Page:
Enhanced recovery in gastrointestinal surgery: Upper gastrointestinal surgery

Dimitri Dorcaratto, Luís Grande, Manuel Pera

Research output: Contribution to journalReview articleResearchpeer-review

32 Citations (Scopus)

Abstract

Over the last 20 years, a new concept of perioperative patient care based on a construct of evidence-based interventions referred to as 'enhanced recovery after surgery' (ERAS) has been developed. The main pillars of ERAS programs include optimal postoperative pain management and early enteral feeding and mobilization after surgery. Several studies, mostly based on experiences with patients undergoing colonic resection, suggest that ERAS implementation is feasible and safe. However, there are very few well-designed studies that have evaluated the usefulness of ERAS programs after major upper abdominal surgery. The present review focuses on the discussion of the most relevant and recently published data on the application of ERAS programs in pancreatic, hepatic, esophageal and gastric surgery. A total of 23 articles have been reviewed by the authors. The high frequency and the potentially hazardous nature of some postoperative complications associated with major upper abdominal surgery and the lack of well-designed randomized controlled trials are limiting factors for the application of ERAS. However, the present results indicate that the implementation of ERAS programs in pancreatic, hepatic, esophageal and gastric surgery patients contributes to a reduction in complications, length of hospital stay and costs without an increase in mortality or readmission rates. Copyright © 2013 S. Karger AG, Basel.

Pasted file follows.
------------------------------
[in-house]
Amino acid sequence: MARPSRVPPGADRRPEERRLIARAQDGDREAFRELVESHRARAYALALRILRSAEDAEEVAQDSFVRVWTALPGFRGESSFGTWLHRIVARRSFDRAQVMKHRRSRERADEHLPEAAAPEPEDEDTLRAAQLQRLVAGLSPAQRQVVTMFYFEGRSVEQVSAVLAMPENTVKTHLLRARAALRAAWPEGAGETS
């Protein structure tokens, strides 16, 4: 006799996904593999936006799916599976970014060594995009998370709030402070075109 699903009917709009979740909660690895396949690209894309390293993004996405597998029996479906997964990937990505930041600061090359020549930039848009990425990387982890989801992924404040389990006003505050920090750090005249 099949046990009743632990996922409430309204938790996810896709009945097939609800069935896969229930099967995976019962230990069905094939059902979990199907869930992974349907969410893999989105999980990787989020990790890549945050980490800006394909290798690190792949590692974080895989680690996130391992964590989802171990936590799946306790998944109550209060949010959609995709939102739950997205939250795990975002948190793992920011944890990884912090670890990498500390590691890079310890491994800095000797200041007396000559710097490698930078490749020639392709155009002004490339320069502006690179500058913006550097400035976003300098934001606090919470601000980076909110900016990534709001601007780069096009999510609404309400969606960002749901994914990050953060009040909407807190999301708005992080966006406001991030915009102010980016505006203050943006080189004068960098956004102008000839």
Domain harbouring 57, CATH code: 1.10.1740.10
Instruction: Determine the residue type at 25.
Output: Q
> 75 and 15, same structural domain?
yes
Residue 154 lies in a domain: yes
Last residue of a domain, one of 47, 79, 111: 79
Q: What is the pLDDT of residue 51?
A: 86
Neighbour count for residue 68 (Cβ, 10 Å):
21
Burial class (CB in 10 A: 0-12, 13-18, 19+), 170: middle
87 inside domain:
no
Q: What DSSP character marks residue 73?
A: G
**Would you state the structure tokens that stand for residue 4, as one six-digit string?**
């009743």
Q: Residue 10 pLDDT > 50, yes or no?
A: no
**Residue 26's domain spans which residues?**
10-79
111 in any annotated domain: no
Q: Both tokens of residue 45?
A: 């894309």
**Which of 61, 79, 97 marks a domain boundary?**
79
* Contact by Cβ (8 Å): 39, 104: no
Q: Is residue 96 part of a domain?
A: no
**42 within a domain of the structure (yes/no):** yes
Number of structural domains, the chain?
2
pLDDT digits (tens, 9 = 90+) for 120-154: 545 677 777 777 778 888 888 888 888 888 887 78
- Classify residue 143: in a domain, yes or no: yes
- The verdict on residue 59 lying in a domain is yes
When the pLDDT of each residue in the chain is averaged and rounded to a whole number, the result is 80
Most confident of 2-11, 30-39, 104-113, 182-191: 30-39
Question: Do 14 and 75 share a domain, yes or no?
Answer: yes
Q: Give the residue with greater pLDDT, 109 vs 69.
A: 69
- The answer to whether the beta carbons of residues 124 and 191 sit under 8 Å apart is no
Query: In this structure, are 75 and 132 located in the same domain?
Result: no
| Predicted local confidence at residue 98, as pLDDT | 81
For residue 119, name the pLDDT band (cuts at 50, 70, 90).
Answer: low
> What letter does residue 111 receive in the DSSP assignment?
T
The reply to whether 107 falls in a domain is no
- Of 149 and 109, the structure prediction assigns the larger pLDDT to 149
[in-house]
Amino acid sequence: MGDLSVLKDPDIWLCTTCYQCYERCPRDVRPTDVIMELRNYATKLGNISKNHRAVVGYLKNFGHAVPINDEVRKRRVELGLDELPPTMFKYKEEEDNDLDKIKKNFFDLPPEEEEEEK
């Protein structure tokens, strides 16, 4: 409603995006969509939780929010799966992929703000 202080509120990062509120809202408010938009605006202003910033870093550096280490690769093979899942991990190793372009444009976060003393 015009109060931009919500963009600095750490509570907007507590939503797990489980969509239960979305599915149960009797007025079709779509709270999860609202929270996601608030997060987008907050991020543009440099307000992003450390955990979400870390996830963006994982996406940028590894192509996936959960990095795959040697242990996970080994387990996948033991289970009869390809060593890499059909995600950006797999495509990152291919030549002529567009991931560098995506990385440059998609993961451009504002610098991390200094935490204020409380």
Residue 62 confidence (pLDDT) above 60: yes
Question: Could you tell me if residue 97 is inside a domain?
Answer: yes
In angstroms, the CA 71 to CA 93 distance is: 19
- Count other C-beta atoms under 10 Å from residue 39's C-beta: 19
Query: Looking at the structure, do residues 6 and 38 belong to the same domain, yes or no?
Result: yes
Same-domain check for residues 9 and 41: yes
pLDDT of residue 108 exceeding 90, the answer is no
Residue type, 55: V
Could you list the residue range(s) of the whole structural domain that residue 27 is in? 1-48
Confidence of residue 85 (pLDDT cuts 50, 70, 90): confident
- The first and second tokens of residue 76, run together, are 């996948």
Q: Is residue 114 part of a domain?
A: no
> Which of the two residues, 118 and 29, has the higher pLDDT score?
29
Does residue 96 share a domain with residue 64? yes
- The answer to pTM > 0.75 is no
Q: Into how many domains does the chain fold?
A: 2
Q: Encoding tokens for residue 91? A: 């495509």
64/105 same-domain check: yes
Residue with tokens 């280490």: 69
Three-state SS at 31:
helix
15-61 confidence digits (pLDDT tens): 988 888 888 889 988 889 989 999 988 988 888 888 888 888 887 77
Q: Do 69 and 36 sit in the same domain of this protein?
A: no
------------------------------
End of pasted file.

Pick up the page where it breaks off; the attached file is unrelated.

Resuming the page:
Original languageEnglish
Pages (from-to)70-78
JournalDigestive Surgery
Volume30
Issue number1
DOIs
Publication statusPublished - 1 Jun 2013

Keywords

  • Clinical pathways
  • Enhanced recovery after surgery
  • Esophagectomy
  • Fast-track surgery
  • Gastrectomy
  • Liver surgery
  • Pancreatectomy

Fingerprint Dive into the research topics of 'Enhanced recovery in gastrointestinal surgery: Upper gastrointestinal surgery'. Together they form a unique fingerprint.

Cite this